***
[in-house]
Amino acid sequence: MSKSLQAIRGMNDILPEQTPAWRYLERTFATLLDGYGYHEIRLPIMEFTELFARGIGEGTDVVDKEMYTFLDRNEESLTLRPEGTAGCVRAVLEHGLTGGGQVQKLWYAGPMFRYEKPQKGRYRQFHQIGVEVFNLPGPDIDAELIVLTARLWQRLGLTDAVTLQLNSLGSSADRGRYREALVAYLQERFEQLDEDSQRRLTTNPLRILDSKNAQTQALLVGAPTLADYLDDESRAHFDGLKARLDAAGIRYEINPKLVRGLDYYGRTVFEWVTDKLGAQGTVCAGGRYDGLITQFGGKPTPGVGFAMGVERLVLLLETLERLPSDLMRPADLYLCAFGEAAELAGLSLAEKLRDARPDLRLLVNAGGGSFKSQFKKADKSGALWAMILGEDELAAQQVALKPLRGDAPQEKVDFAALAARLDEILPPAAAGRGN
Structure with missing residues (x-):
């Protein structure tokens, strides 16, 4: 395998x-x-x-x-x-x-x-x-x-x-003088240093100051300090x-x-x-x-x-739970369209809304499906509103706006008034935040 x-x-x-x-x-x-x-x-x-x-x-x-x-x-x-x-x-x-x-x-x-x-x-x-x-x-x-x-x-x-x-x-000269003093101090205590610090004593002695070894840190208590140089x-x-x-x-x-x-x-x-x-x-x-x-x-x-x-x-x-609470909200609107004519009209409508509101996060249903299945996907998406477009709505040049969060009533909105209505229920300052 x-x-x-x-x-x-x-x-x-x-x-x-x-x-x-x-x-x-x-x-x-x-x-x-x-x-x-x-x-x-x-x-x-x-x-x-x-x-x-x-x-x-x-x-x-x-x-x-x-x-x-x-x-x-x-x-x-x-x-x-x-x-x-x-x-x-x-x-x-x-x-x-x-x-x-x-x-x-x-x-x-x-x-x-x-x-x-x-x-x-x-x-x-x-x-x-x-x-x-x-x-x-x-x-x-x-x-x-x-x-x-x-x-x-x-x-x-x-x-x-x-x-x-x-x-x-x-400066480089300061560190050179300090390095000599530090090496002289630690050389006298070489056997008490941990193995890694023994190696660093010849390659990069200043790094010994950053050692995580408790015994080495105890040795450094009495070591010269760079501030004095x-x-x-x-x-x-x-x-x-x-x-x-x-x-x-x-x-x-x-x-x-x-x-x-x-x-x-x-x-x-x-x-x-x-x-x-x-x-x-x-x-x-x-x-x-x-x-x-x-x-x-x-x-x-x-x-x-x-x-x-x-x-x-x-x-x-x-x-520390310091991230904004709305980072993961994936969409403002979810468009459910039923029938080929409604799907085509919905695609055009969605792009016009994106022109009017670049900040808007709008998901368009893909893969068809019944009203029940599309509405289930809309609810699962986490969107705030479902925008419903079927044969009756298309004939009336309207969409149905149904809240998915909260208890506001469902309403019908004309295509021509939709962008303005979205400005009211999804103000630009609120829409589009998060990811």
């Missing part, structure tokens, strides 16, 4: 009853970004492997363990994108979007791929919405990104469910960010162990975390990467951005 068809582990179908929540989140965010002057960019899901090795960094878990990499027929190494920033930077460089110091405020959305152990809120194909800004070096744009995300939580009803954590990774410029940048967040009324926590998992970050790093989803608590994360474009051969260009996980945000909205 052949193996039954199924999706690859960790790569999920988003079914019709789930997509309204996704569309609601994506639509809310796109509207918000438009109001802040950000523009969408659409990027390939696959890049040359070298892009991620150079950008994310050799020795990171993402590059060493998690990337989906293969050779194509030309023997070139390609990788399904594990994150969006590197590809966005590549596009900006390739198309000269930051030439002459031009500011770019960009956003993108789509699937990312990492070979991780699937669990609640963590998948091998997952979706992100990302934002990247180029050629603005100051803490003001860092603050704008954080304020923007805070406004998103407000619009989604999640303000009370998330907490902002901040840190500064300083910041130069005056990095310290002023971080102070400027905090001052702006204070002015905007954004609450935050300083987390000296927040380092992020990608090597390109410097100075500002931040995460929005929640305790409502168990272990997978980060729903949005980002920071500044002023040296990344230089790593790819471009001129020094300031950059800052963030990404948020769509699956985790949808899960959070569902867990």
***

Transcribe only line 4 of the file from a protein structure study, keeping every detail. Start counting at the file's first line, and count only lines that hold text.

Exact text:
């Protein structure tokens, strides 16, 4: 395998x-x-x-x-x-x-x-x-x-x-003088240093100051300090x-x-x-x-x-739970369209809304499906509103706006008034935040 x-x-x-x-x-x-x-x-x-x-x-x-x-x-x-x-x-x-x-x-x-x-x-x-x-x-x-x-x-x-x-x-000269003093101090205590610090004593002695070894840190208590140089x-x-x-x-x-x-x-x-x-x-x-x-x-x-x-x-x-609470909200609107004519009209409508509101996060249903299945996907998406477009709505040049969060009533909105209505229920300052 x-x-x-x-x-x-x-x-x-x-x-x-x-x-x-x-x-x-x-x-x-x-x-x-x-x-x-x-x-x-x-x-x-x-x-x-x-x-x-x-x-x-x-x-x-x-x-x-x-x-x-x-x-x-x-x-x-x-x-x-x-x-x-x-x-x-x-x-x-x-x-x-x-x-x-x-x-x-x-x-x-x-x-x-x-x-x-x-x-x-x-x-x-x-x-x-x-x-x-x-x-x-x-x-x-x-x-x-x-x-x-x-x-x-x-x-x-x-x-x-x-x-x-x-x-x-x-400066480089300061560190050179300090390095000599530090090496002289630690050389006298070489056997008490941990193995890694023994190696660093010849390659990069200043790094010994950053050692995580408790015994080495105890040795450094009495070591010269760079501030004095x-x-x-x-x-x-x-x-x-x-x-x-x-x-x-x-x-x-x-x-x-x-x-x-x-x-x-x-x-x-x-x-x-x-x-x-x-x-x-x-x-x-x-x-x-x-x-x-x-x-x-x-x-x-x-x-x-x-x-x-x-x-x-x-x-x-x-x-520390310091991230904004709305980072993961994936969409403002979810468009459910039923029938080929409604799907085509919905695609055009969605792009016009994106022109009017670049900040808007709008998901368009893909893969068809019944009203029940599309509405289930809309609810699962986490969107705030479902925008419903079927044969009756298309004939009336309207969409149905149904809240998915909260208890506001469902309403019908004309295509021509939709962008303005979205400005009211999804103000630009609120829409589009998060990811």